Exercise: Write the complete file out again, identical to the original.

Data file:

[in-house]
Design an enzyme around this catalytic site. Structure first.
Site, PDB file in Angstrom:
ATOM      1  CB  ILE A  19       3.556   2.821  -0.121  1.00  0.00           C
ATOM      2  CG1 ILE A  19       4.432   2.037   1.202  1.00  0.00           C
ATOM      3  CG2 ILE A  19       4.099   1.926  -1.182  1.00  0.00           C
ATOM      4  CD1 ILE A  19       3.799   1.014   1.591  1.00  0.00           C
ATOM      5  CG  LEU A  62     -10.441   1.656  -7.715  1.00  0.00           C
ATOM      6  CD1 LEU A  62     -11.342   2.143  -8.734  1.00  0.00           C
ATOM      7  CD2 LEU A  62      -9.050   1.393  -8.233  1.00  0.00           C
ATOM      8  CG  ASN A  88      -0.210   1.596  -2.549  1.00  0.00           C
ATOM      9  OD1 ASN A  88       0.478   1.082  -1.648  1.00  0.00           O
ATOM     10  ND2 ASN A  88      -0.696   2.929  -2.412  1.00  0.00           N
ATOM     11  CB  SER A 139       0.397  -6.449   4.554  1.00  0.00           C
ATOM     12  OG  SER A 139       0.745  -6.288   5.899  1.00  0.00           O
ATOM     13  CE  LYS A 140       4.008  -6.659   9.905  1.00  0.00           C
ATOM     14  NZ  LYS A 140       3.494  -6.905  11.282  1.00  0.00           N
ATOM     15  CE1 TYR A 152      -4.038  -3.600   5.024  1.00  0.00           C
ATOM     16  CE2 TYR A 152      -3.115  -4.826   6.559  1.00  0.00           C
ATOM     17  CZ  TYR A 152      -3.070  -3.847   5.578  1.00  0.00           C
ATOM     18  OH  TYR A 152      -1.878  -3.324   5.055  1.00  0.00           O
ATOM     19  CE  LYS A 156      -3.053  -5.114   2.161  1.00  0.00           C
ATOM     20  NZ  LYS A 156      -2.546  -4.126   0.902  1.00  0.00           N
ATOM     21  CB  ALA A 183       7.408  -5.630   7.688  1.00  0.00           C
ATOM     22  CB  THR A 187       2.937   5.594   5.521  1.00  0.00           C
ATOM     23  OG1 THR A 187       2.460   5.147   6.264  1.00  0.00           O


[in-house]
Design an enzyme around this catalytic site. Structure first.
Site, PDB file in Angstrom:
ATOM      1  CB  ILE A  19       3.556   2.821  -0.121  1.00  0.00           C
ATOM      2  CG1 ILE A  19       4.432   2.037   1.202  1.00  0.00           C
ATOM      3  CG2 ILE A  19       4.099   1.926  -1.182  1.00  0.00           C
ATOM      4  CD1 ILE A  19       3.799   1.014   1.591  1.00  0.00           C
ATOM      5  CG  LEU A  62     -10.441   1.656  -7.715  1.00  0.00           C
ATOM      6  CD1 LEU A  62     -11.342   2.143  -8.734  1.00  0.00           C
ATOM      7  CD2 LEU A  62      -9.050   1.393  -8.233  1.00  0.00           C
ATOM      8  CG  ASN A  88      -0.210   1.596  -2.549  1.00  0.00           C
ATOM      9  OD1 ASN A  88       0.478   1.082  -1.648  1.00  0.00           O
ATOM     10  ND2 ASN A  88      -0.696   2.929  -2.412  1.00  0.00           N
ATOM     11  CB  SER A 139       0.397  -6.449   4.554  1.00  0.00           C
ATOM     12  OG  SER A 139       0.745  -6.288   5.899  1.00  0.00           O
ATOM     13  CE  LYS A 140       4.008  -6.659   9.905  1.00  0.00           C
ATOM     14  NZ  LYS A 140       3.494  -6.905  11.282  1.00  0.00           N
ATOM     15  CE1 TYR A 152      -4.038  -3.600   5.024  1.00  0.00           C
ATOM     16  CE2 TYR A 152      -3.115  -4.826   6.559  1.00  0.00           C
ATOM     17  CZ  TYR A 152      -3.070  -3.847   5.578  1.00  0.00           C
ATOM     18  OH  TYR A 152      -1.878  -3.324   5.055  1.00  0.00           O
ATOM     19  CE  LYS A 156      -3.053  -5.114   2.161  1.00  0.00           C
ATOM     20  NZ  LYS A 156      -2.546  -4.126   0.902  1.00  0.00           N
ATOM     21  CB  ALA A 183       7.408  -5.630   7.688  1.00  0.00           C
ATOM     22  CB  THR A 187       2.937   5.594   5.521  1.00  0.00           C
ATOM     23  OG1 THR A 187       2.460   5.147   6.264  1.00  0.00           O